Many of our guests at Glencoe Country B&B come for a little rest during their travels around Tasmania, which can often allow you to see much more of the state than day trips from Launceston. However, we know there are the adventure seekers among you and there are quite a few things around the area for you to enjoy.
Firstly, for the walkers, there are so many walking tracks of various levels of difficulty, all within 30 minutes of Glencoe.
Just out of Sheffield are the Kimberley’s Lookout Tracks. Kimberley’s Lookout is part of a large track network on the Badgers Range with 5 entry/exit points. Kimberley’s Lookout and the Trig Point are located on Seance Hill out of Sheffield. It has two other named and signposted lookouts, Charley’s lookout and Richard’s lookout. The lower part of the track travels through a disused mine with two ponds featured, and during the mating season you will see the southern Banjo frog with their distinct mating call. Maraea’s lookout is located on the first hill out of Sheffield and is actually Kimberley’s original lookout. Between these is Lindsay’s Lookout, which can be reached via the Shortcut track. Here you will find an impressively large rock formation that was used previously for abseiling, while at the top of these rocks is Don’s Lookout and further north is Penny’s Lookout on top of Slope Rock. Continuing north are Tim’s Lookout and Christina’s lookout; all have good views of Badger’s Range and over the surrounding countryside.
On the other side of Sheffield is Mt Roland, a huge, impressive mountain rising 1,233m. There are two distinct tracks to the summit of Mt Roland. The Face Track via Kings Rd is for experienced walkers, as it is very steep in places with sections that involve clambering over boulders. The track via O’Neills Rd is easier, but still has some steep sections. Walking along these tracks, you pass some picturesque waterfalls and creeks, and there is a timber platform with great views towards the mighty peak of Black Bluff. There is also another platform below the summit which offers some stunning views of the mountain range. If you make the last scramble up some boulders to the summit, you will be well rewarded with 360 degree views of the surroundings – including the famous Cradle Mountain, Barn Bluff, Bass Strait to St Valentines Peak and The Dial Range.
Mt Van Dyke (1,084m) is a walk best suited to quite fit walkers, featuring impressive forests and alpine areas. The Mt Claude (1,034m) summit can be reached in less time than either Mt Roland or Mt Van Dyke, being only a 2-hour return walk if done from Oliver’s Rd (but still for experienced walkers as there are some steep gullies).
If you are looking for shorter walks, there are several on offer. Sykes Sanctuary is a 15-hectare sanctuary left in trust to the local people by an eccentric local man, Norman Sykes. It features a tranquil bush setting ideal for seeing local birds and wildlife. The Sanctuary features monuments constructed by his son that have inscriptions of mathematical equations. Stoodley Forest walk is an easy 1-hour loop through an arboretum established by the early forestry industry. Redwater Creek falls is an easy 30-60 min return walk to the waterfalls. Billet Creek walk is a steep 90-min walk through 1,000-year-old Manfern glades. O’Neills Creek nature trail is an easy 15-min loop through a wide range of native flora and fauna where you can see numerous wildlife species, including platypus. Forth Falls is a moderate 2-hr return walk through a series of picturesque waterfalls and cascades.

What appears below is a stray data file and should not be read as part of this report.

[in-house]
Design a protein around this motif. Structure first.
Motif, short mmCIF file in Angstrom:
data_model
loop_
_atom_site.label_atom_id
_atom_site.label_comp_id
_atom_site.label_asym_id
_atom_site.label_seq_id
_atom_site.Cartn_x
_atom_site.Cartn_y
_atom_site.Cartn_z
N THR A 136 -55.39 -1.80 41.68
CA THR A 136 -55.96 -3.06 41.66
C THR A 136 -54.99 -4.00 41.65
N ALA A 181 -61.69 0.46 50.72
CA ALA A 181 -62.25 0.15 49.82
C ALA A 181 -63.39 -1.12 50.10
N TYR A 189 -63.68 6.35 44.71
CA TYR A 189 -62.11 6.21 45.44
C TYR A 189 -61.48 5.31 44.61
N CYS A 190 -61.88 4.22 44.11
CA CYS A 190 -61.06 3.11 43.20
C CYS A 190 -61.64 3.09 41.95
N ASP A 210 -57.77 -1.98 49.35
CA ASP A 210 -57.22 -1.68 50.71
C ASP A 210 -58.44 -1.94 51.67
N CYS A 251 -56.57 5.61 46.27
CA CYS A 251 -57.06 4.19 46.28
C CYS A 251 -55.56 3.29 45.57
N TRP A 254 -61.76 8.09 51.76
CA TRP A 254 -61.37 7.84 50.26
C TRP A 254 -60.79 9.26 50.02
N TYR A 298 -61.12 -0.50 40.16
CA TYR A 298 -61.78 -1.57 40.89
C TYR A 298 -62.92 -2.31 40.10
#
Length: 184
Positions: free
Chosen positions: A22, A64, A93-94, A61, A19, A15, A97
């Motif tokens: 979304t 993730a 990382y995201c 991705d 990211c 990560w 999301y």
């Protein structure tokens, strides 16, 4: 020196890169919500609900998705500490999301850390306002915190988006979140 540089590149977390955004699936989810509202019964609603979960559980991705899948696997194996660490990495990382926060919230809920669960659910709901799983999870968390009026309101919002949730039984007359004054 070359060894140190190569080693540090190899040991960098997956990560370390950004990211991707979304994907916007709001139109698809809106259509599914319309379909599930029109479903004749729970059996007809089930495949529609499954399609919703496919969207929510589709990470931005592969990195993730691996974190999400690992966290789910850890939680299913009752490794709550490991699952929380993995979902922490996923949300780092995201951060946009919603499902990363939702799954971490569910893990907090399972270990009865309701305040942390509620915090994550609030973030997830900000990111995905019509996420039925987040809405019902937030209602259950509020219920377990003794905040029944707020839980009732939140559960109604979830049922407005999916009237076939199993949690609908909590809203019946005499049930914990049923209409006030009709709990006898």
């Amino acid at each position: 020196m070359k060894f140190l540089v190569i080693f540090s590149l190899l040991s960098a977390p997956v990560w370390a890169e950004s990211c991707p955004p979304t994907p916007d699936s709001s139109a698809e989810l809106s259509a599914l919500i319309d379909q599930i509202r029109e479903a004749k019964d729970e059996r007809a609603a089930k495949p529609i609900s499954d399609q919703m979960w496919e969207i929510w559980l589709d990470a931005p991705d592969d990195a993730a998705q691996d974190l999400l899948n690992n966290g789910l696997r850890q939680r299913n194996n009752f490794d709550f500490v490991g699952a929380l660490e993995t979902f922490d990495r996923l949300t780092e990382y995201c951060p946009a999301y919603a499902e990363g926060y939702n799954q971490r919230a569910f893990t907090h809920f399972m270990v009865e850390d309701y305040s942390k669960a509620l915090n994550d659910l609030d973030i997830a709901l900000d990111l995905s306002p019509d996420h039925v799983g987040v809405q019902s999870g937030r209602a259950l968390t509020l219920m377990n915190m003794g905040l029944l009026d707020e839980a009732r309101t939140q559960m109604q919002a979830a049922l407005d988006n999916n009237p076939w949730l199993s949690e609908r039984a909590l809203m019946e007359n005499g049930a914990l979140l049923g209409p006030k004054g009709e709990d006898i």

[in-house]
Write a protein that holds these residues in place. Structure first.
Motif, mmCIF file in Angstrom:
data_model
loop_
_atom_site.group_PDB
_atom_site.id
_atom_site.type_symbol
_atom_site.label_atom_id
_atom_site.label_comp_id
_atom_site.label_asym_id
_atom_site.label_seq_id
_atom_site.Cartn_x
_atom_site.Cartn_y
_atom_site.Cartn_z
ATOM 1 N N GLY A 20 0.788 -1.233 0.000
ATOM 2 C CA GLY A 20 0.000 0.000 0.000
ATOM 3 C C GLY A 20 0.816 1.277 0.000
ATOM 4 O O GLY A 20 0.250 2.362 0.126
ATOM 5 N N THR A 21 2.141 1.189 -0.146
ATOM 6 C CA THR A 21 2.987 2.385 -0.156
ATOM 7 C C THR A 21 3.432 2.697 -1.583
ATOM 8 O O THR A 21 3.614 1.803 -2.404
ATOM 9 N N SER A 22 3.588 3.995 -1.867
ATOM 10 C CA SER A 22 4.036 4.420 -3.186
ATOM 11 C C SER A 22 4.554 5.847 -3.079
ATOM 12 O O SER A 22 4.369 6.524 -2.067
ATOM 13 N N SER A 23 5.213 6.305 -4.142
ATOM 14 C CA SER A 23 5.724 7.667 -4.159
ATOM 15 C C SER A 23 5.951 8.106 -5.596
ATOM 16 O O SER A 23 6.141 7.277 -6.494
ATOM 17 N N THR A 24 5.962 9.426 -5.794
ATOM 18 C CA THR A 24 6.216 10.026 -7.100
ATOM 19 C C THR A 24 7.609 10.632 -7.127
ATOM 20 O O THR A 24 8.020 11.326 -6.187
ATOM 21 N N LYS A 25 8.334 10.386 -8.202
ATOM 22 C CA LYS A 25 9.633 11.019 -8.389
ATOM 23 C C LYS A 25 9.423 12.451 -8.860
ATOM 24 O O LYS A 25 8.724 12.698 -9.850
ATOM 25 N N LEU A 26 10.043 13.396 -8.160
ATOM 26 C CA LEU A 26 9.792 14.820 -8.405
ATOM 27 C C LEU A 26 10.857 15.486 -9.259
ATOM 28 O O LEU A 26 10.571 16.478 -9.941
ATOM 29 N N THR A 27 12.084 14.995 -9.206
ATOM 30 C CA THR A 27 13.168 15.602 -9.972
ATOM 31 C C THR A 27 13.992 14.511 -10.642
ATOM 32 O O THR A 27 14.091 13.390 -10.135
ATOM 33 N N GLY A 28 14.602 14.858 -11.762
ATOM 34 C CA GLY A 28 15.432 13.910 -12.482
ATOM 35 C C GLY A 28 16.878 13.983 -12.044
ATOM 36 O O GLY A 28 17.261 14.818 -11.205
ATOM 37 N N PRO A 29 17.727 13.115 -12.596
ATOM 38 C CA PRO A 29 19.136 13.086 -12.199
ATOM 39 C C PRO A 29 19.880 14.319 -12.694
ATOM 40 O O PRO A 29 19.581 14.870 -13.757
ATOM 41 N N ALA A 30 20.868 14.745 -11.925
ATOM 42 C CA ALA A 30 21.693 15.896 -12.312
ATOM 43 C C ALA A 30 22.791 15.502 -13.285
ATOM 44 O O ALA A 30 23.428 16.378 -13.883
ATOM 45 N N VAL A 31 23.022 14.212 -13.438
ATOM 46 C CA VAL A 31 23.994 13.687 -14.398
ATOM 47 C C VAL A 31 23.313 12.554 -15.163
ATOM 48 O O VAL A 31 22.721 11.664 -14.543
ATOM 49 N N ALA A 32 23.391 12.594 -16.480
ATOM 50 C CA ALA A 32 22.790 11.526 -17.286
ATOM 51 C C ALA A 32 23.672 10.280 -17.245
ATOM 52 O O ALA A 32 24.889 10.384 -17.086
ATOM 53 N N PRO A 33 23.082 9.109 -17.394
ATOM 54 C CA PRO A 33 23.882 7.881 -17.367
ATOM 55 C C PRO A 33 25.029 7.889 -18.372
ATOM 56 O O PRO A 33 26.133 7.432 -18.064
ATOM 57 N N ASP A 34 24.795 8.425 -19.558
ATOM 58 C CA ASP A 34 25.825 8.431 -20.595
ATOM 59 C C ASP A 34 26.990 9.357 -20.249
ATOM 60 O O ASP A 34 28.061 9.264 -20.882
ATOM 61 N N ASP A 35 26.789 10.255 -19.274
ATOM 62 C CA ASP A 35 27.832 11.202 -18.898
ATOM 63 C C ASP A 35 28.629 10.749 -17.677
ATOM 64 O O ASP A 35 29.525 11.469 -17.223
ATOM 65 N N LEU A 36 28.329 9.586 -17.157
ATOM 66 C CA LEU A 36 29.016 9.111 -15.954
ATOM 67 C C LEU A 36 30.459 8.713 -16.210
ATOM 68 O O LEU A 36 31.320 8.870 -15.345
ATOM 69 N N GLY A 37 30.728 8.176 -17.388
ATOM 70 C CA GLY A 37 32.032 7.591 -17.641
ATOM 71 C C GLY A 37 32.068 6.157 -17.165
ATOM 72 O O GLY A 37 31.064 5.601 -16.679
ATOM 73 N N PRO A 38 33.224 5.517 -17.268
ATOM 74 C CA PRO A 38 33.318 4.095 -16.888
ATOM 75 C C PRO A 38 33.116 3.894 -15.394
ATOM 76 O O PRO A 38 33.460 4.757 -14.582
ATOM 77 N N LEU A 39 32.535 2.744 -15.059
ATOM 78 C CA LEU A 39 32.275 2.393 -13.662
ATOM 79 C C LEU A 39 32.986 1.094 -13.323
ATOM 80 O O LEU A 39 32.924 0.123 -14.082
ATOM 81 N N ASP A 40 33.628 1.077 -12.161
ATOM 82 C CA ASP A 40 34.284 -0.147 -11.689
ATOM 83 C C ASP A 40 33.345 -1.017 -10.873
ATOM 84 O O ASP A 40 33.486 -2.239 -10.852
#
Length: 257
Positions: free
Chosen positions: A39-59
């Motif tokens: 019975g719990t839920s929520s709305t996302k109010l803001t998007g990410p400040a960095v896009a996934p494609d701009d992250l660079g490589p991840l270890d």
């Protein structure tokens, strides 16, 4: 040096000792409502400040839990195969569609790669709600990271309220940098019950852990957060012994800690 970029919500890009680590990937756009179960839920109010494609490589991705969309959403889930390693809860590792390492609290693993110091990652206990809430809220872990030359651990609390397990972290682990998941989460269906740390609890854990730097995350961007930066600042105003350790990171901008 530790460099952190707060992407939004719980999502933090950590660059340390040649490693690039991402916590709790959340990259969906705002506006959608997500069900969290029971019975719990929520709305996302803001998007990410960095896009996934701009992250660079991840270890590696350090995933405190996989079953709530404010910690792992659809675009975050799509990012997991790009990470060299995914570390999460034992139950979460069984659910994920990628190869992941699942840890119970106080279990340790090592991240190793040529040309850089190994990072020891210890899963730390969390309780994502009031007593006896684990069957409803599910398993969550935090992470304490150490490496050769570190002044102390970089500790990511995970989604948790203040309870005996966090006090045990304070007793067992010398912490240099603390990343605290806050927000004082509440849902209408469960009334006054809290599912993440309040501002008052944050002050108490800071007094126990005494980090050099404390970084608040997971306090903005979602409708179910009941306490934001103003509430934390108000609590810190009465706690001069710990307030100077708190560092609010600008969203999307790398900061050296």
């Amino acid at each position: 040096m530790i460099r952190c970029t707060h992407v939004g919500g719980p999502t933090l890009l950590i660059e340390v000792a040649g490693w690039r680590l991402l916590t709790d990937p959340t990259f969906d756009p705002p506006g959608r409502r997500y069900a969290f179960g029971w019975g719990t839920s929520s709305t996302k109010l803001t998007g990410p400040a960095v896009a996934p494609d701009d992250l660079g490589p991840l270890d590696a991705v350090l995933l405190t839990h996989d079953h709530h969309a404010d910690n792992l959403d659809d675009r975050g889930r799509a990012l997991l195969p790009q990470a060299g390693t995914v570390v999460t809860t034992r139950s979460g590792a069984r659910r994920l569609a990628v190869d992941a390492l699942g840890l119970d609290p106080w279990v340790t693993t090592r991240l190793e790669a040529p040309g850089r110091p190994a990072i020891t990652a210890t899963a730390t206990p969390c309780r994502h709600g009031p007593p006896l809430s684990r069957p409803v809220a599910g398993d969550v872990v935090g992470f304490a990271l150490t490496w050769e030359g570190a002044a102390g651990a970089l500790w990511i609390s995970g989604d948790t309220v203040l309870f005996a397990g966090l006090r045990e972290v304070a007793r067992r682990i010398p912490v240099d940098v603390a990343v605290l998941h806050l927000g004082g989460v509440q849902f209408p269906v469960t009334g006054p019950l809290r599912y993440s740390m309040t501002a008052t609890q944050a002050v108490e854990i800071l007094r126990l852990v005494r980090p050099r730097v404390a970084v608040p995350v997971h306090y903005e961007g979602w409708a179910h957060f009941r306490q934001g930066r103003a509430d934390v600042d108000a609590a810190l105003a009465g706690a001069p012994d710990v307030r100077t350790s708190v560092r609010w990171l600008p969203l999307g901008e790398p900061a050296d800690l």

For the mountain bikers among you, it’s no secret that Tasmania has become a world famous hub for mountain bikers. We have the Wild Mercy Trails right here – 47 kms of trails catering for everyone from young to old, novice to expert. The tracks are predominantly green and blue but there is one black trail as a taster of things still to come. Ultimately, it’s going to be 100+ kms of fixed landscape riding, where serious switchbacks are rewarded with epic views and descents linked to flow tracks to inspire adventure riders. The Ewoks Trail is a must – it looks like it has been taken straight out of Star Wars and you are waiting for the speed racers to come through the trees. A pump track has been constructed at the Railton Trail Head as well. At Glencoe, we have plenty of space for your bikes and a workshop area for you to work on your bikes.
North West Safaris, located in nearby Sheffield, hire out electric mountain bikes. But for those of you seeking adventure with a slower or more relaxed pace, NW Safaris offer Kayak tours or Kayak hire on the picturesque and enchanting Lake Barrington, an experience that will ignite all 5 senses allowing you to enjoy nature at its finest. Lake Barrington is an amazing place to swim in the summer months as well, and it is only a 20-min drive from Glencoe.
Lastly, but not forgotten, are the anglers. Ocean fishing is only a 25-min drive from Glencoe, but why not try some inland fishing? Again, NW Safaris can kit you out with some rods for hire if you don’t bring your own. There are several lakes including Lake Barrington with excellent fishing. Lake Barrington contains a large population of brown trout, rainbow trough and native blackfish. The lake also receives stocking of adult Atlantic salmon. Lake Barrington is a designated ‘big fish’ waterway, stocked by the inland fisheries service with king-sized fish for anglers. Along with the lakes, there are many rivers to fish in – ask the locals for the best spots. Fishing licenses are required for all inland fishing, but easily obtained from the visitor information centre in Sheffield. If you ask him, Russ may even cook your catch for you. There really are just so many things to do around here.
So, rather than doing day trips from Launceston – come and stay with us…relax and see more of the famous North West of Tasmania.